TECHNICAL INFORMATION ON LIDAR BATHYMETRY
 


Bathymetric Lidar systems operate in a manner that is similar to their Airborne Lidar Mapping (ALM) counterpart, with one notable exception. Bathymetric systems transmit two light waves, one in the infrared and one in the green spectrum, and are capable of detecting two returns that delineate the water surface and seabed. The infrared band is quickly absorbed and is therefore used to detect the water surface, while the green band is used as the optimum color to achieve maximum penetration in shallow water. Lidar bathymetry systems operate at a much slower rate, currently around 1000 soundings per second, due to the need to generate a much longer laser pulse and higher power requirements.

Bathymetry mapping is a stand-alone Lidar data product. Despite the high cost of acquiring an ALB system, the methodology offers significant savings both in operational cost and productivity increases, when compared to conventional survey methods. ALB mapping can be conducted in clear water in depths up to 50m. This of course is a function of water clarity and will decrease with increased water turbidity. ALB systems are generally flown from fixed or rotary wing aircraft, due to their size, weight and power requirements.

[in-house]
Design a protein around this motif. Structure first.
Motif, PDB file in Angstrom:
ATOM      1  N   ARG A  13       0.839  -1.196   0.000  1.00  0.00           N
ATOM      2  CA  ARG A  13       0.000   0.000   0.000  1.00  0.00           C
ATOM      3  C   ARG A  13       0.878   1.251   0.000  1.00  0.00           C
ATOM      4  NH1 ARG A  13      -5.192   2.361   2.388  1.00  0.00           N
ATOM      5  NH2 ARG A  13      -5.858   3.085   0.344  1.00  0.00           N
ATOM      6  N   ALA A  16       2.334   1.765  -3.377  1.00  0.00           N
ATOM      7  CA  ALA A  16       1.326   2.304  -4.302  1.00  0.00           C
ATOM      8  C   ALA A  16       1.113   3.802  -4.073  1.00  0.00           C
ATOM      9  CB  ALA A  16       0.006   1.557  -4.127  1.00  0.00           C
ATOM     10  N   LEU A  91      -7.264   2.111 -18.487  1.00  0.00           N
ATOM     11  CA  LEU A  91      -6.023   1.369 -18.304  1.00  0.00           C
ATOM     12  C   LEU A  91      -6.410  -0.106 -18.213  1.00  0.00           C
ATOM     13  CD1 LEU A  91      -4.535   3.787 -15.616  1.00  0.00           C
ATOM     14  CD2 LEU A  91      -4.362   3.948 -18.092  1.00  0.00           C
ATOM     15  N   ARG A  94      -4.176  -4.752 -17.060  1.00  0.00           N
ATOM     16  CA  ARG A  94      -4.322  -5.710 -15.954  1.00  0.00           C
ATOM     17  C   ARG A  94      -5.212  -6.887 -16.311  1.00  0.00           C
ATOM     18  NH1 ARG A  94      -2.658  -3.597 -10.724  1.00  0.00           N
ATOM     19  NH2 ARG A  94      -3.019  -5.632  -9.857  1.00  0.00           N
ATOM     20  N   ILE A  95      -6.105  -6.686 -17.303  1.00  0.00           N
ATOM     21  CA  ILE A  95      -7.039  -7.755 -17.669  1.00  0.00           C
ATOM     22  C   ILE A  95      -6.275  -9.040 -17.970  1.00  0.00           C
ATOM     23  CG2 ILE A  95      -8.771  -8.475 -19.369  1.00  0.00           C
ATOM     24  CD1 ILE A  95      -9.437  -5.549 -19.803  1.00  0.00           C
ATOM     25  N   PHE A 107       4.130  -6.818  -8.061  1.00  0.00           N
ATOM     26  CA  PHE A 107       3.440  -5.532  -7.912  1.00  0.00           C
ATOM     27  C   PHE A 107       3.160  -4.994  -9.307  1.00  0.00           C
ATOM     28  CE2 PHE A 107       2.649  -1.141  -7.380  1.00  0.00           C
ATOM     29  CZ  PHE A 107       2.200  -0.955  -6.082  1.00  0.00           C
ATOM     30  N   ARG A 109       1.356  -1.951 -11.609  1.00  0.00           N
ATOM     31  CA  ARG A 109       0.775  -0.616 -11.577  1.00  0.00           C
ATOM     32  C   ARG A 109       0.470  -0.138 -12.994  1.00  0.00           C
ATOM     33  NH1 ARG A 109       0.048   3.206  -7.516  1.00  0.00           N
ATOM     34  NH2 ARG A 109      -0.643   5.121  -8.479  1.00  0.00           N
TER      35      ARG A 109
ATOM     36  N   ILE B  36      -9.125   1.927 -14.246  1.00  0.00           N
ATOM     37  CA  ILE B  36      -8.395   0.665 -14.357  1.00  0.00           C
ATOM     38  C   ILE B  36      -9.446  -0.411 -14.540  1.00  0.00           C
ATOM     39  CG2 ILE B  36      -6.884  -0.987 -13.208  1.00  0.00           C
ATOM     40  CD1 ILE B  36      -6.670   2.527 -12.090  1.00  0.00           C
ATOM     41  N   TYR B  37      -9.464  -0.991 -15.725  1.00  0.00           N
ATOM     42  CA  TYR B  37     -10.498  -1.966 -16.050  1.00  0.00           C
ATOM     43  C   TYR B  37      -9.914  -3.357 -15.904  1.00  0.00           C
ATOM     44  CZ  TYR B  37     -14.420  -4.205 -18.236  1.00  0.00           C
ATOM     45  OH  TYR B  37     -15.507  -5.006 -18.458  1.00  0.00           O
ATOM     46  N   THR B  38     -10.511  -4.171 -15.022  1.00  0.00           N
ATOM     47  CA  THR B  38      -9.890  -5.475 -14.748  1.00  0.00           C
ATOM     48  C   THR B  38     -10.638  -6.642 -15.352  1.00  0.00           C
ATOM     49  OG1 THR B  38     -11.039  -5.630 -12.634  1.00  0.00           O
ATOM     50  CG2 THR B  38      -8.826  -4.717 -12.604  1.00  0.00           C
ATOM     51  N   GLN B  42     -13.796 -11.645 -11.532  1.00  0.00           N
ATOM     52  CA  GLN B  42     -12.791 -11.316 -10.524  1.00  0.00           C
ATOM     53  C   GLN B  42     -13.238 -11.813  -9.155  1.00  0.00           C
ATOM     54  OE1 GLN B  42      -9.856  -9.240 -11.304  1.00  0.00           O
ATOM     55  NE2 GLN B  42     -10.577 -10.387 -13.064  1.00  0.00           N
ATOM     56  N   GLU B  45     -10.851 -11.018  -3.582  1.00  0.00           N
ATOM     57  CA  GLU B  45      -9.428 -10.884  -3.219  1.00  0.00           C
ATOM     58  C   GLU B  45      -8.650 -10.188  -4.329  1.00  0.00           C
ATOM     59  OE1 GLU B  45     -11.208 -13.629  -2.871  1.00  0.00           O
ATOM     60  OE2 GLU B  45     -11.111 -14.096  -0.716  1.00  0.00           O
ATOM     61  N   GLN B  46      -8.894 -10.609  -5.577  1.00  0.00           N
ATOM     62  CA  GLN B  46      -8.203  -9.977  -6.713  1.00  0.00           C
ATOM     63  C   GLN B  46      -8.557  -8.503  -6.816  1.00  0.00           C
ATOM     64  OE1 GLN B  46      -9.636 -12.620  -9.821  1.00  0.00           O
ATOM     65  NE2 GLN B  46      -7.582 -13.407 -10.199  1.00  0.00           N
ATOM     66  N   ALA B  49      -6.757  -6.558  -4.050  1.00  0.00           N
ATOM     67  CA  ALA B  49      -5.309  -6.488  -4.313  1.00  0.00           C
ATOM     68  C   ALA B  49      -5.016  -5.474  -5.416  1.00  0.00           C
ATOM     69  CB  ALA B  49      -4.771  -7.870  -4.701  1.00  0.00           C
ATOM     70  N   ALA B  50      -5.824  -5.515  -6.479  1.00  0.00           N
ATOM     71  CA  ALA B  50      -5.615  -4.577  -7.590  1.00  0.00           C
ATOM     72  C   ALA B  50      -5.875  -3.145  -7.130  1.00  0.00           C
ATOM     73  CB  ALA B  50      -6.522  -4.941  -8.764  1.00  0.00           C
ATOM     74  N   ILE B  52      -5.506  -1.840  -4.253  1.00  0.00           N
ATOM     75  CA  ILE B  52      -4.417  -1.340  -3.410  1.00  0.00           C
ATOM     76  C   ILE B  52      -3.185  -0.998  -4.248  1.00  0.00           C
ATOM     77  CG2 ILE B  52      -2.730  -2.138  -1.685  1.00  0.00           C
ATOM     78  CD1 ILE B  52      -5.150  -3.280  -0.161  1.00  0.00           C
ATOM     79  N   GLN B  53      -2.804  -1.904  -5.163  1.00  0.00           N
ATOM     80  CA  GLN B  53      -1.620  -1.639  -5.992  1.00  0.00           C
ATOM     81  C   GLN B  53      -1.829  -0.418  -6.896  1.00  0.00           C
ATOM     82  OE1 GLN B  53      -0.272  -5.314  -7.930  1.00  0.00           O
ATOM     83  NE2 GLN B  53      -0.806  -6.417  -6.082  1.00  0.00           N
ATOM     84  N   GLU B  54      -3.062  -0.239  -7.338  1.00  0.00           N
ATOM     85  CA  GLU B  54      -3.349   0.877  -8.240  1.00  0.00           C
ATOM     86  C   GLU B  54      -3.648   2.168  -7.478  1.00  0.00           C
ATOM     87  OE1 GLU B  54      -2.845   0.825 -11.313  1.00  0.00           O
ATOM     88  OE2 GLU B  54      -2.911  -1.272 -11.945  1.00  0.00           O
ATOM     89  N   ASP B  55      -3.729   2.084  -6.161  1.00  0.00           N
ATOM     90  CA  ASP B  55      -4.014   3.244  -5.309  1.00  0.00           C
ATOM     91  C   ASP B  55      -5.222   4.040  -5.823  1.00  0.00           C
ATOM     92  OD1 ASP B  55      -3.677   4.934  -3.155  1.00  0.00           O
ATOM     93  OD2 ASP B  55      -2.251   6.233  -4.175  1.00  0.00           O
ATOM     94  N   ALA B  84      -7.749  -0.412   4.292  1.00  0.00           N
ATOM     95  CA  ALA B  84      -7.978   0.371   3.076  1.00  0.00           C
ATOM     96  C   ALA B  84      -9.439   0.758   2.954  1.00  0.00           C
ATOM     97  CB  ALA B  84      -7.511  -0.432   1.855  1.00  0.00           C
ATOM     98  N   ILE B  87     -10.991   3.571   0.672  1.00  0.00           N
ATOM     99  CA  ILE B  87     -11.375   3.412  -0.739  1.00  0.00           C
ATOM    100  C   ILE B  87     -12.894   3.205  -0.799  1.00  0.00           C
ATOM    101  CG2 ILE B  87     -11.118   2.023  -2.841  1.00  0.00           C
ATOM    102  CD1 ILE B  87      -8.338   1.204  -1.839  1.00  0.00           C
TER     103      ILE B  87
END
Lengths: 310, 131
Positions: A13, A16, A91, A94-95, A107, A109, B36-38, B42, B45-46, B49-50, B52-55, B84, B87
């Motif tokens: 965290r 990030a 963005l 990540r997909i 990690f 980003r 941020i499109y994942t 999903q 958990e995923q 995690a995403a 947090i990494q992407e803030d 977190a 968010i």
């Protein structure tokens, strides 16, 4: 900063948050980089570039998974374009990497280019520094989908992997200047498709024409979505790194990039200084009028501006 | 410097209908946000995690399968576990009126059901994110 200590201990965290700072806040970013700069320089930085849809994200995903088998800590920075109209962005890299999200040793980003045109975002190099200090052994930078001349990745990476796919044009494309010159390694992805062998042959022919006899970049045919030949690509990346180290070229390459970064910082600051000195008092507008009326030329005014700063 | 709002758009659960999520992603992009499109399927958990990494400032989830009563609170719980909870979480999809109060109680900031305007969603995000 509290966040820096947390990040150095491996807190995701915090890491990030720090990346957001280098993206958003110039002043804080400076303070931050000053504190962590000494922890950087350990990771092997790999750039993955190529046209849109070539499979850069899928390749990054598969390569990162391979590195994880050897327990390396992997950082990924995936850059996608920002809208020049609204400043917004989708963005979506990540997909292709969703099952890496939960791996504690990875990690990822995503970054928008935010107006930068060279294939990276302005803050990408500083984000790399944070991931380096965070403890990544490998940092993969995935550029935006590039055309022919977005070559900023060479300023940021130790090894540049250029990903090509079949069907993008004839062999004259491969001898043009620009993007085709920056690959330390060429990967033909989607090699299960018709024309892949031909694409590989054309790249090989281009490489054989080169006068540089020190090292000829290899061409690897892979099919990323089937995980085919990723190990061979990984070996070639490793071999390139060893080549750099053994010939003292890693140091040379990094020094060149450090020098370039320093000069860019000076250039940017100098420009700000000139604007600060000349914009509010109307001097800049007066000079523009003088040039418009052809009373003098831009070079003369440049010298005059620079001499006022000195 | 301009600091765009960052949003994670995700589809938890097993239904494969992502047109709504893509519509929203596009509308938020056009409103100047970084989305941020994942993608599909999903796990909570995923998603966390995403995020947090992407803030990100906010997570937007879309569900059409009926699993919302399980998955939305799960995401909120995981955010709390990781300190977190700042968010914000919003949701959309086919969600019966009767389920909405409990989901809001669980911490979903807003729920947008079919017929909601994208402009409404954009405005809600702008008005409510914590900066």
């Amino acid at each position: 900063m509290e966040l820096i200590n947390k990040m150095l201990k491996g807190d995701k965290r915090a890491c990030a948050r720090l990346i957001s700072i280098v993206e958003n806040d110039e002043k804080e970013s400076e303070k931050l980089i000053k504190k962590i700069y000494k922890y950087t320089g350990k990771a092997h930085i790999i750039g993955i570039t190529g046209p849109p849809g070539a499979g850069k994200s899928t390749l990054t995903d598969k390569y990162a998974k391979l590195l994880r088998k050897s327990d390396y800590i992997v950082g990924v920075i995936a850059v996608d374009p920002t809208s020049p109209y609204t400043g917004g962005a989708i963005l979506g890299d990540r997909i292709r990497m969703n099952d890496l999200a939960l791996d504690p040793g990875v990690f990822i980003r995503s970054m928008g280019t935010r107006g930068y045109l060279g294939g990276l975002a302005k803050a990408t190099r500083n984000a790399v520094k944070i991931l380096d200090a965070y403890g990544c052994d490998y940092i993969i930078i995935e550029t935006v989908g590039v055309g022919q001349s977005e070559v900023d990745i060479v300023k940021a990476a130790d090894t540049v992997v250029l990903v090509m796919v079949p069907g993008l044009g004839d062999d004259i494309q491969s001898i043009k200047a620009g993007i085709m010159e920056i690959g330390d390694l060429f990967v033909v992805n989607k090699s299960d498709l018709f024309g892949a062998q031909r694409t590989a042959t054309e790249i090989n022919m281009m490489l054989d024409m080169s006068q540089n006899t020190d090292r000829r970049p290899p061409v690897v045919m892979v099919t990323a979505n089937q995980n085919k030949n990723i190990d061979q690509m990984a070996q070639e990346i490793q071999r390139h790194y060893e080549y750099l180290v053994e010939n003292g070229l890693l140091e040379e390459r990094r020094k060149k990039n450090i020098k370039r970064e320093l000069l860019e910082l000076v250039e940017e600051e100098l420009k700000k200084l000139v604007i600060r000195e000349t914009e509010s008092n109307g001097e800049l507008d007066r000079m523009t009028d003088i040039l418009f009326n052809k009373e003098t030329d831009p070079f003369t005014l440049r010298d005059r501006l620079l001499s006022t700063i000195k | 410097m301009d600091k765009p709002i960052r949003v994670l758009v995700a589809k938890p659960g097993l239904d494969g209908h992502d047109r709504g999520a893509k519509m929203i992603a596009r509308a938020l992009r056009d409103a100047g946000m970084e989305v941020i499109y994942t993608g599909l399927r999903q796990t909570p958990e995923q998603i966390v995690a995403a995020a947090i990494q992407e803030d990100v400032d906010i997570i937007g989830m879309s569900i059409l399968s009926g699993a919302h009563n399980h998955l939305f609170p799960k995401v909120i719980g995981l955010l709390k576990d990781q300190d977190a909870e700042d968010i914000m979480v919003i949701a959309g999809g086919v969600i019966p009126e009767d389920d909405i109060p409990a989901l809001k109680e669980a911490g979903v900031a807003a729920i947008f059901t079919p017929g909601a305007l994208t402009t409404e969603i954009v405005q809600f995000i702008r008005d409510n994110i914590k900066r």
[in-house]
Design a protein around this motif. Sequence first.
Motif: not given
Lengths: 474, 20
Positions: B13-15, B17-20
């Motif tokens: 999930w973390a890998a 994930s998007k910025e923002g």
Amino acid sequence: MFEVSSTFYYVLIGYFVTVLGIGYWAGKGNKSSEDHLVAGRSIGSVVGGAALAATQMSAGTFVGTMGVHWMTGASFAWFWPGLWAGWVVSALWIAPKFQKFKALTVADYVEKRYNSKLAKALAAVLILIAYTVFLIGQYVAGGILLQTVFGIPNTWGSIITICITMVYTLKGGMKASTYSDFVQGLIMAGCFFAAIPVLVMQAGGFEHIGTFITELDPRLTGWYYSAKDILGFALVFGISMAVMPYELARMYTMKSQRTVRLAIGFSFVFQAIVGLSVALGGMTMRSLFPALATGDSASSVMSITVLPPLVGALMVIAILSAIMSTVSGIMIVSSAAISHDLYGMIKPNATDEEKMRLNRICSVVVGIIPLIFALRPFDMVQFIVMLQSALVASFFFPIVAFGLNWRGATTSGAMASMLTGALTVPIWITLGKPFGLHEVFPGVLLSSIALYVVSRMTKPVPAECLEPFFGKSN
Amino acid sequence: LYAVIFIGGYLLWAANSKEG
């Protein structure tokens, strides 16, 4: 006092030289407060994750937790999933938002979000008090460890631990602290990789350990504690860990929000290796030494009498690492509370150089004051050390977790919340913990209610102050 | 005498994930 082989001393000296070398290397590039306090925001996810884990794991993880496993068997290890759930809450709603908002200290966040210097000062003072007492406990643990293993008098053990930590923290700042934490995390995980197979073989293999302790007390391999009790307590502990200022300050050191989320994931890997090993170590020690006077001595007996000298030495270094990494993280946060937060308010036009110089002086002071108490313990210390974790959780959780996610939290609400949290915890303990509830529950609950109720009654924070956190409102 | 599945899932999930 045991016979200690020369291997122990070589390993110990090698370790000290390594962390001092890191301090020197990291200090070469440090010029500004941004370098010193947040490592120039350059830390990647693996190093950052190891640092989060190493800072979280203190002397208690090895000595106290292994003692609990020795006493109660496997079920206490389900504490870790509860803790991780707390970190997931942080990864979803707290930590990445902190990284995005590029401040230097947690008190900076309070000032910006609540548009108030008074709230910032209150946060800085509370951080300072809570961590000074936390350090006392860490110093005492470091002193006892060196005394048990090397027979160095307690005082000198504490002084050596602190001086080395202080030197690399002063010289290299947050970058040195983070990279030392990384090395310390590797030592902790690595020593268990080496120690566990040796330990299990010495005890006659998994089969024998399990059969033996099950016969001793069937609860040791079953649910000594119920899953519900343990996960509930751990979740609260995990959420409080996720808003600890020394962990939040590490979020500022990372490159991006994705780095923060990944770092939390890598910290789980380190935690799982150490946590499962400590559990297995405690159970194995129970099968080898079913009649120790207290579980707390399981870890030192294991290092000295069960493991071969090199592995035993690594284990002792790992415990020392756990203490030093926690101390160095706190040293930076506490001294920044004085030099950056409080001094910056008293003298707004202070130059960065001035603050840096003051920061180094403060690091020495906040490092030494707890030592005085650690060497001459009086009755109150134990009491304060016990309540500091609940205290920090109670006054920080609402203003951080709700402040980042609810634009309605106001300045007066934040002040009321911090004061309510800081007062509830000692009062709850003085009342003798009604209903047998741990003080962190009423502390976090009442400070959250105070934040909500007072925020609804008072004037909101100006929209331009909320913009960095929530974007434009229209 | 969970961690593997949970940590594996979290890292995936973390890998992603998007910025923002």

Technical Information:
Lidar
Lidar Bathymetry
SHOALS-1000T

Related Web Sites:
International Lidar Mapping Forum
Optech

Related Links:
SHOALS-1000T Brochure
SHOALS-1000T Spec Sheet
SHOALS-1000T Deliverables

 


SHOALS-1000T Operational Concept with WaveformBecause of the increased energy required to penetrate the denser medium of water, ALB systems operate at a much slower scan rate than terrestrial systems. Because a short, laser pulse would be scattered in the water column, bathymetry systems must use a much longer pulse. This is typically on the order of 250 nanoseconds as opposed to 10 nanoseconds for a topographic system. The pulse is generated as a digital waveform, making it easier to detect the smallest variances in the returns, including those perturbations in the water column. The infrared band is quickly absorbed and is therefore used to detect the water surface. The green band is used as the optimum color to achieve maximum penetration in shallow water.

Fugro's Airborne Lidar Bathymetry services utilize the SHOALS-1000T, which is based on the latest generation technology available today.

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